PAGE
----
Courts disfavor motions to strike. Ciminelli v. Cablevision, 583 F.Supp. 144, 152 (E.D.N.Y.1984). A motion to strike a defense will be denied unless the defense asserted is clearly insufficient as a matter of law. Durham Indus., Inc. v. North River Ins. Co., 482 F.Supp. 910, 913 (S.D.N.Y.1979). If the sufficiency of the defense depends upon disputed questions of law or fact, then a motion to strike should be denied. Linker v. Custom-Bilt Mach. Inc., 594 F.Supp. 894, 898 (E.D.Pa.1984). Therefore, a motion to strike should only be granted if there is a clear showing that the challenged defense has no bearing on the subject matter and that permitting the defense to stand would prejudice the plaintiff. FRA S v. Surg-O-Flex of Am., Inc., 415 F.Supp. 421, 427 (S.D.N.Y.1976).
The plaintiffs have not made such a showing here. Moreover, even if this case has nothing to do with the defendant's regulated rates or tariffs, any affirmative defenses related to such matters are superfluous and insufficient as a matter of law, the plaintiffs fail to show how they will be prejudiced by permitting the defense to stand. Therefore, the Court will deny the plaintiffs' motion to strike the defendant's sixth defense, but the eighth affirmative defense will be stricken by agreement.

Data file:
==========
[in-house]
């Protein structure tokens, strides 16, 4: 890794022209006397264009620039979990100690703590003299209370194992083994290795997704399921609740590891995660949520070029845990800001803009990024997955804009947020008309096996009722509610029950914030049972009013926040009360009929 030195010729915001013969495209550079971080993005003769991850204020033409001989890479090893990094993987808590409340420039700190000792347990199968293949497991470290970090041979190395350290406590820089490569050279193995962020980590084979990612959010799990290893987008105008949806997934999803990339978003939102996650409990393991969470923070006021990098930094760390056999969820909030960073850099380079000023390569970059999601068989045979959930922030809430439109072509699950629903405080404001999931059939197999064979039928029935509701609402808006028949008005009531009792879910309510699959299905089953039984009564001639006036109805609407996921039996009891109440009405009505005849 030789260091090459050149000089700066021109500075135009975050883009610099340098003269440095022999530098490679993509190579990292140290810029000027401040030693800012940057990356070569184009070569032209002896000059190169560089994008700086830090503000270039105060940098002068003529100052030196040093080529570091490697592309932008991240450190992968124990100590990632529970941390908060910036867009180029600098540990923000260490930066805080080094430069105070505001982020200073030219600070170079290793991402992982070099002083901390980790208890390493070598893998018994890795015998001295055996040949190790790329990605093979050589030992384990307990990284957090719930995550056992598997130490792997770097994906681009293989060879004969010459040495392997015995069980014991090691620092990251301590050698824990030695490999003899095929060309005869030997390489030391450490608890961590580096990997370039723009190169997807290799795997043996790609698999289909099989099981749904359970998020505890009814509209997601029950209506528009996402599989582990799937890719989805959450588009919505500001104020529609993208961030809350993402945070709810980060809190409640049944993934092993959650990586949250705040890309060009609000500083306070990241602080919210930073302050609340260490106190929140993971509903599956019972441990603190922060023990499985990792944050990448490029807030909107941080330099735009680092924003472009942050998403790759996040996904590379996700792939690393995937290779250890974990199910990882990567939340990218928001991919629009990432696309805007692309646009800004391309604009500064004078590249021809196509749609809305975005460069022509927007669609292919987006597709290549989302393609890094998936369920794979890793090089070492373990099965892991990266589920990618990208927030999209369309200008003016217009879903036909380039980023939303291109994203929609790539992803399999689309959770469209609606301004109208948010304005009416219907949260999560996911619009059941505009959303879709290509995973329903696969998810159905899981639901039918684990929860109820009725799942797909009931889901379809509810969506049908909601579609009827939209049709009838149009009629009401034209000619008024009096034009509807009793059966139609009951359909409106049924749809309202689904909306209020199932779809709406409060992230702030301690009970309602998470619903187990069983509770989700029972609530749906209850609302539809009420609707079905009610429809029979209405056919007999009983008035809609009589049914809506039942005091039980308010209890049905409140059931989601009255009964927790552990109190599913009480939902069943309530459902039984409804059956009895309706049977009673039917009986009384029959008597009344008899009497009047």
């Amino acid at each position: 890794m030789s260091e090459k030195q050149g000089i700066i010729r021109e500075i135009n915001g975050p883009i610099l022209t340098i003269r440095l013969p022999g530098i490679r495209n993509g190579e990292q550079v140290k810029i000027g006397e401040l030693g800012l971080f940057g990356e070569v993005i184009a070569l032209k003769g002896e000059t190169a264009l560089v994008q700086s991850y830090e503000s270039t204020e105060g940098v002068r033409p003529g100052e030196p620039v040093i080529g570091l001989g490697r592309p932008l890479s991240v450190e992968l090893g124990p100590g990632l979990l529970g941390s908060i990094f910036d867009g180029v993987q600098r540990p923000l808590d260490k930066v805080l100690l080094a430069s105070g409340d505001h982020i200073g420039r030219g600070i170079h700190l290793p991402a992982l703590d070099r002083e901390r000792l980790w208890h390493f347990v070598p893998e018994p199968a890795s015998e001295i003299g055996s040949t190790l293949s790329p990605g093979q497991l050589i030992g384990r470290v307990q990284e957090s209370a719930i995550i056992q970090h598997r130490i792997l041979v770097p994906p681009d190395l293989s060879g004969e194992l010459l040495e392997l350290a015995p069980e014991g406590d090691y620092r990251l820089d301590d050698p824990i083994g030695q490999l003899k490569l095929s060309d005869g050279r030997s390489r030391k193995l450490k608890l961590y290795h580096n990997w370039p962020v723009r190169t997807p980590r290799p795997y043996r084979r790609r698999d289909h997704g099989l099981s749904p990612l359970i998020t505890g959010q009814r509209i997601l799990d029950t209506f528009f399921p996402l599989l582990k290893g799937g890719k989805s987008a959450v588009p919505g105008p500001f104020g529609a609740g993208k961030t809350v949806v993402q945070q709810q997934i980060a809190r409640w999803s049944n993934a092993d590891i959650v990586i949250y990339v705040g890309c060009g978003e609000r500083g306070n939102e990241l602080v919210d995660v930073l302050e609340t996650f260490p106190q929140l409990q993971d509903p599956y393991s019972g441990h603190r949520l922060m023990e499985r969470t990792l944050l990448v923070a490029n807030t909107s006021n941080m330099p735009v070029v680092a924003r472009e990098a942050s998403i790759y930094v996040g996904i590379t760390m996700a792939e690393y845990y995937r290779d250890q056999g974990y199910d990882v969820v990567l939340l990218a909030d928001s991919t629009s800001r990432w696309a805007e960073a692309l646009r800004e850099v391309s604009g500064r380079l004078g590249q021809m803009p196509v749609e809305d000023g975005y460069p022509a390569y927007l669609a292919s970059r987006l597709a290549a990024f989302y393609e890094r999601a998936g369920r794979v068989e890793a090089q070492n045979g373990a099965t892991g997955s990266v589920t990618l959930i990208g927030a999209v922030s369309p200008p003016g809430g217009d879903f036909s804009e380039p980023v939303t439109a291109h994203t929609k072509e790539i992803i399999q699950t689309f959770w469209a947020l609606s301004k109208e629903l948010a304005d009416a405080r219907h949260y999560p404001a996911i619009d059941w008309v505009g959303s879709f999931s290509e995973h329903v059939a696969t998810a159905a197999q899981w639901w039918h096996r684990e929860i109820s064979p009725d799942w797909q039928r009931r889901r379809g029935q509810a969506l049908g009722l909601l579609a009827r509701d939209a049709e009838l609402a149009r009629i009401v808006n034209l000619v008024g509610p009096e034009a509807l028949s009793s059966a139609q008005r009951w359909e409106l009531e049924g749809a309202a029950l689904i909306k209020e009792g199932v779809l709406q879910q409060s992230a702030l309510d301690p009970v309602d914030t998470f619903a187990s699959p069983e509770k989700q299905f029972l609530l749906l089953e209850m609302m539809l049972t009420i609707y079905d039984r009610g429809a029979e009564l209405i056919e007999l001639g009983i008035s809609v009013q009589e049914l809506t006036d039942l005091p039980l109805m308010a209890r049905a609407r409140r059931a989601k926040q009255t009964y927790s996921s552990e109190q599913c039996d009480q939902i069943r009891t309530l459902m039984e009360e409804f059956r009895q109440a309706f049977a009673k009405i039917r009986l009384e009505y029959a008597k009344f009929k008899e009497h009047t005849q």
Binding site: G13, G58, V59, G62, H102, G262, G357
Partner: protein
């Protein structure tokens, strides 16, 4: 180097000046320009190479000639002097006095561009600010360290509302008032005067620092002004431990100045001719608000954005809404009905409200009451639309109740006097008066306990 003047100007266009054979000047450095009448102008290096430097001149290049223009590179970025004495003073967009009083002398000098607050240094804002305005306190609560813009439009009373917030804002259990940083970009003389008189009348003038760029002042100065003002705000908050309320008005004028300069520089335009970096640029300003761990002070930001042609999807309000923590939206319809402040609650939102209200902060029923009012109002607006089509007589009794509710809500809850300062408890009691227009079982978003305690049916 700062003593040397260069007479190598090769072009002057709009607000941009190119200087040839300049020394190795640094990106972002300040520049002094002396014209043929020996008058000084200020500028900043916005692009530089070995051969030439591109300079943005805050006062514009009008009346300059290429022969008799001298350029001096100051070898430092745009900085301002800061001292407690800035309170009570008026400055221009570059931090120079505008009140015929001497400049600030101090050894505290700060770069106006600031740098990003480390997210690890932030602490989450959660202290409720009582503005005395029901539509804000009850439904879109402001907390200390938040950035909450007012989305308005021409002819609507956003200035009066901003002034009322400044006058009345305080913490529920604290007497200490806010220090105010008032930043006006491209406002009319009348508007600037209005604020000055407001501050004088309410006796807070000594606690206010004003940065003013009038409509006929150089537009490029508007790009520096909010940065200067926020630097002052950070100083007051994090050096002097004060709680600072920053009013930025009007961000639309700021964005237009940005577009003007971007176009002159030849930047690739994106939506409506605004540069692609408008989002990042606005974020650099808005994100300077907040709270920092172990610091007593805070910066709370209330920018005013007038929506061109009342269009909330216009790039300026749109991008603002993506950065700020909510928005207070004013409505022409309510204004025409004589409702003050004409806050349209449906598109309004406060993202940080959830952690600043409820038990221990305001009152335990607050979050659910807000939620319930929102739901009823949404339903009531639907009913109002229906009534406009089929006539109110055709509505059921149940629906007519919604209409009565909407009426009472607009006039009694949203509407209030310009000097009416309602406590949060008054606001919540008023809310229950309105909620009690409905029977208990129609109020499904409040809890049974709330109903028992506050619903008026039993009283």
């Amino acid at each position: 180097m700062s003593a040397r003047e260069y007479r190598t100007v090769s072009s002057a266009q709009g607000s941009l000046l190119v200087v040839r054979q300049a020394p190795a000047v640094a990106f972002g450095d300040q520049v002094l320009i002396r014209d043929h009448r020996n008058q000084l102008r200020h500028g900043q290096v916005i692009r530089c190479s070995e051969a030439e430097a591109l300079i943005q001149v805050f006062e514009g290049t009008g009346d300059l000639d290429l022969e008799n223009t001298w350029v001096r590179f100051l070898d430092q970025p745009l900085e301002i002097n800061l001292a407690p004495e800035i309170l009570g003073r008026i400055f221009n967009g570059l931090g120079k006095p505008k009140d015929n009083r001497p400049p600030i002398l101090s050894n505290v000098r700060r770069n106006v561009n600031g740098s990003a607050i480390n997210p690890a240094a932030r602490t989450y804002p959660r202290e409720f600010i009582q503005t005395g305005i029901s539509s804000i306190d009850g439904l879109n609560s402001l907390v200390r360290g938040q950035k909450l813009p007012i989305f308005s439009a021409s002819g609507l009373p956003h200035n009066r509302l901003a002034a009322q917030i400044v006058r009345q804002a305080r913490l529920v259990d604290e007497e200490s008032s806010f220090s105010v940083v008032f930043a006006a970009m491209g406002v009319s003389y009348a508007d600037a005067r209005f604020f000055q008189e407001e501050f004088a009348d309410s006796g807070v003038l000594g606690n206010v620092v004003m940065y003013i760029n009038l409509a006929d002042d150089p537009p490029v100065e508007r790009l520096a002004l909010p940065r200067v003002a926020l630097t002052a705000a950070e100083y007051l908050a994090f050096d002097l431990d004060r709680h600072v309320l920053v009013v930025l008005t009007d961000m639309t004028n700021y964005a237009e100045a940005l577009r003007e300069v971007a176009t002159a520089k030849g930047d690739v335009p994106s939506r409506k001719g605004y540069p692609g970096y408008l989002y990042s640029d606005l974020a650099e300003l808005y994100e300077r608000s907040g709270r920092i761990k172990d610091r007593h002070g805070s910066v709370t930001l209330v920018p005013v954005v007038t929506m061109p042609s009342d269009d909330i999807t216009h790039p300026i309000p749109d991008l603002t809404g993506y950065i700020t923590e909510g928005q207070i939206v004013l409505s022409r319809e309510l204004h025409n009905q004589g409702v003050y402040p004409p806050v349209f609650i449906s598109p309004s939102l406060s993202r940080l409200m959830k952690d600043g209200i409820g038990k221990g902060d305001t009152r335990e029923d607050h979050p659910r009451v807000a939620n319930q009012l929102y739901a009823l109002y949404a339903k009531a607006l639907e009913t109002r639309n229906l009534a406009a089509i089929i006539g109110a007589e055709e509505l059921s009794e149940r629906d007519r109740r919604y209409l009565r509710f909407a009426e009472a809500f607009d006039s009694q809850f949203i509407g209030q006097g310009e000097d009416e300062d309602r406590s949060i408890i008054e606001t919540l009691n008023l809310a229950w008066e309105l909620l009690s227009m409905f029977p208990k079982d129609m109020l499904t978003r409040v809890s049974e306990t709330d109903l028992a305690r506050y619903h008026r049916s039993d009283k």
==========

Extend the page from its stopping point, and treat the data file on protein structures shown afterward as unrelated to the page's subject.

The Court finds that this case or any aspect of it should not be referred to the Federal Communications Commission for resolution of any issue under the doctrine of primary jurisdiction. The Court will certify the action as a class action under Rule 23(b)(3). The Court also finds that the defendant's billing practice described above violates 47 U.S.C. § 201(b) and 47 C.F.R. § 64.2401(b) as a matter of law. The plaintiff has failed to establish grounds to strike the defendant's affirmative defense number six.
Accordingly, it is ORDERED that the plaintiffs' motion for class certification [dkt # 21] is GRANTED. The determination of class certification is conditional and may be altered or amended prior to the decision on the merits in light of any changes in circumstances that make such action advisable. See Fed.R.Civ.P. 23(c)(1).
It is further ORDERED that pursuant to Federal Rule of Civil Procedure 23(b)(3), the following class is certified in this cause: